The third and final challenge in the F1 Connectivity Innovation Prize was announced by Formula One Management and Tata Communications earlier this week, and it is one which is of significant interest to this writer. FOM are, and I quote from here, “looking for suggestions to encourage F1 fans to provide audio and text commentaries of the FOM archive via the internet so that the content is indexed to allow it to be used in new and exciting ways.”
New and exciting ways. Via the internet. Terms that you do not normally hear FOM say, after all, they only made their Twitter feed engaging a little less than two months ago. In the title of this piece, I use the term ‘F1 Network’, which is deliberate. Alongside being a Formula 1 fan, I am also a fan of professional wrestling. Which brings me onto the WWE Network. The network, dubbed as ‘over the top’, is available on a multitude of devices from the traditional desktop PC, through to the iPad and onto the Xbox One. It currently runs a linear schedule, but shows are also available for fans to watch On Demand. As of writing, not everything is available on the network. In fact, WWE are barely scraping the surface as to what is currently available, however new material is being released on an ad-hoc basis. The monthly price for the network is, yep… $9.99.
The challenge description claims that FOM has around 60,000 hours of footage dating back to 1981. In that time period, up until the end of 2013, there have been 555 races. That works out at an average of 131 hours of footage per race weekend stored in FOM’s archive. That is huge. To put it another way, it would take you seven years, without stopping, to watch the entire archive. In comparison though, the WWE’s archive holds around 150,000 hours of footage, although admittedly that does contain material from a lot of defunct wrestling organisations. Around a quarter of their archive is digitalised.
Of course, it is worth noting that the WWE Network has not yet been launched in the UK, and could still launch here as a normal cable channel, like in Canada, which is basically a kick in the balls to the fans as that is just like what Sky Sports F1 is now. Sky Sports F1 is not an F1 Network. It is controlled BSkyB, who do not produce content 24/7 for the channel. An actual F1 Network, in the form of the US WWE Network, would be controlled 100 percent by FOM. Any F1 Network would need good grace from multiple providers, including Sky. FOM can not just launch an F1 Network online, the clause concerning online would have to be removed from every broadcasting contract, otherwise the network would be geo-blocked and Sky would kick up a huge fuss.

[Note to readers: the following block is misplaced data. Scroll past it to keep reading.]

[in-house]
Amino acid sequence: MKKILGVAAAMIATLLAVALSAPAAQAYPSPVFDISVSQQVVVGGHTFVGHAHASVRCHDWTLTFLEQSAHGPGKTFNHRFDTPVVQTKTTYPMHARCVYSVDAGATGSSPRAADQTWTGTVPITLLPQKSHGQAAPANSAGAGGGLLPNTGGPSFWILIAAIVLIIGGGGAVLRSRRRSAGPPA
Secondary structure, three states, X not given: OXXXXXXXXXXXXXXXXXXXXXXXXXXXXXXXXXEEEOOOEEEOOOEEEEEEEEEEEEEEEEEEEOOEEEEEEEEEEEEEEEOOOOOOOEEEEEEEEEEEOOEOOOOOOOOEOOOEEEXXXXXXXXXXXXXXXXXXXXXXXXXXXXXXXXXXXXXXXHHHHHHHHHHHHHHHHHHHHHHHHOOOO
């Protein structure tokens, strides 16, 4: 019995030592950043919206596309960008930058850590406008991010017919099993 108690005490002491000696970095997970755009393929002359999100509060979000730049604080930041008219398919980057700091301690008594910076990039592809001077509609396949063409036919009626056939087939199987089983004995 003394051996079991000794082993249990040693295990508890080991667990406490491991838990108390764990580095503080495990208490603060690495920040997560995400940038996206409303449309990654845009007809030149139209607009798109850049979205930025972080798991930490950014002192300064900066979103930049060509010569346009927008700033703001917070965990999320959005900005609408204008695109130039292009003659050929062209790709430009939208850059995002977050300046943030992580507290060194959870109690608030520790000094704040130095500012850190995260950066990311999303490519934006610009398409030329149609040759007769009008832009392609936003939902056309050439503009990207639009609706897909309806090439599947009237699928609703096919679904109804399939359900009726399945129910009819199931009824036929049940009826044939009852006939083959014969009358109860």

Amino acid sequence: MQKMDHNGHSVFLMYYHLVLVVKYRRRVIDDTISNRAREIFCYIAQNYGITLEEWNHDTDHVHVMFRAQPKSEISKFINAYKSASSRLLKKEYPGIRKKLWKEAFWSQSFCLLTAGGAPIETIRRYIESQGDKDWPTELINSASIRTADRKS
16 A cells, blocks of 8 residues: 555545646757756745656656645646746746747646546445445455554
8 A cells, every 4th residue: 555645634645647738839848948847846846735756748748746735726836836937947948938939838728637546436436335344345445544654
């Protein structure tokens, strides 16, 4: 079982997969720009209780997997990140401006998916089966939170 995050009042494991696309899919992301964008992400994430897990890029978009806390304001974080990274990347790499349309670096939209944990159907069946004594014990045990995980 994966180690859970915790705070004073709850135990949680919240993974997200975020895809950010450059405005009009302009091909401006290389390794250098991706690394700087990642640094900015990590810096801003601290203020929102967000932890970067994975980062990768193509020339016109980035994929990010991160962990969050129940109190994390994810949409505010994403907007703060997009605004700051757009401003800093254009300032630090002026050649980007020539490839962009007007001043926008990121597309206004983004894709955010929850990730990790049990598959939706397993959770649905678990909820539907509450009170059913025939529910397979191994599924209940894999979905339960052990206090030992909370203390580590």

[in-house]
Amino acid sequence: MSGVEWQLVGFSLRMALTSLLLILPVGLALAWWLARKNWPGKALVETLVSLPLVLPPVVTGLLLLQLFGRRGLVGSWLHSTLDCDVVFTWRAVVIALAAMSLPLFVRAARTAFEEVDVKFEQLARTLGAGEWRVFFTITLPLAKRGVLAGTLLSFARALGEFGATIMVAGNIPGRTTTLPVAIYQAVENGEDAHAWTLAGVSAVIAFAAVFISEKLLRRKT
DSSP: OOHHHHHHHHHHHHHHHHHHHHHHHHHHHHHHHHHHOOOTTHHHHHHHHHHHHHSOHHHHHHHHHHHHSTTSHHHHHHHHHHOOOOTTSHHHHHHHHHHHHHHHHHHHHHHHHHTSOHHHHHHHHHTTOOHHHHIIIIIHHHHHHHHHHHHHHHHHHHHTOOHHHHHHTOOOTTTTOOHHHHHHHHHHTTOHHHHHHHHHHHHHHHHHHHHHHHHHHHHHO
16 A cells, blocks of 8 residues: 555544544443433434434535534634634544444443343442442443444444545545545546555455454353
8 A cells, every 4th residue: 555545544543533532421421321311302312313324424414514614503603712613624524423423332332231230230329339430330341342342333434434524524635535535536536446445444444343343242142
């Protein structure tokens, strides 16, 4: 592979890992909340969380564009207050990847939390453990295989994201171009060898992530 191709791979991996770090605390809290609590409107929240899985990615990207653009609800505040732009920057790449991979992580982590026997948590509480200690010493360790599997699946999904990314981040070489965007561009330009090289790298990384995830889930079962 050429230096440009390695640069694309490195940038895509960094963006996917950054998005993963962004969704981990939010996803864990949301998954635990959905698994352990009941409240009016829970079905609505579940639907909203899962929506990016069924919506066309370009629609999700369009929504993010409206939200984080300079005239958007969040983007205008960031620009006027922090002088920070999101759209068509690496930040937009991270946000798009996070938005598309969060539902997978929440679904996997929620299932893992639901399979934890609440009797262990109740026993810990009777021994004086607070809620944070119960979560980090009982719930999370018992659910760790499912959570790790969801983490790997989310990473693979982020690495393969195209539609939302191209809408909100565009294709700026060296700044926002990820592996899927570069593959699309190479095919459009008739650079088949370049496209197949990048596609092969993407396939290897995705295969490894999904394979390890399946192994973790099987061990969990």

The brief says that “we need you to suggest how fans can be engaged to provide commentaries to the footage, and how these commentaries can then be converted into text form to provide a keyword index for easy searching and referencing. Once indexed, the footage archive can be used in many new and exciting ways, such as on-demand services. None of this is possible without the content being indexed in the first instance.” I would hope that any successful submission will involve some form of staggered approach. Does all of the archive need to be indexed before content can be rolled out? No. As I mentioned above, the WWE Network currently scrapes the surface and had WWE waited until all of their content was digitalised, we would be sitting here for many more years until that happens.
The quoted brief confuses me too, because it implies that the footage we hear will be fan commentary rather than the original commentary. Can I ask: who would listen to that? I’d like to hear the commentary in its original form, not dubbed commentary or anything of the like. I hope I have misread that, because fan-based commentary does not interest me in the slightest. Why can’t the original commentary be indexed? Most YouTube videos contain transcriptions, which is an automatic process with presumably little human intervention, surely something of this nature would be much more efficient than providing new commentary?
In terms of roll out, you could roll out ‘a season a year’ to the consumer with extra supplementary material surrounding that season, alongside any additional live streaming that may be considered. That might not sound like a lot for $9.99 per month, however the lifespan of the network would be increased, which is good for FOM in the long run. Release too much material at once, and you shorten the lifespan. The release of material needs to be logical for the network to be successful. Re-watching the 2011 Brazilian Grand Prix probably wouldn’t do much for me as it was recent, but watching the 1989 Italian Grand Prix on the other hand having seen the previous races that year would be fascinating.
The pessimist in me believes that we will not get a F1 Network for at least another two or three years, due to a variety of reasons that go beyond the status of current broadcasting contracts. Either way, it will be very interesting to see what the winning solution is for this challenge, and what time scales are involved.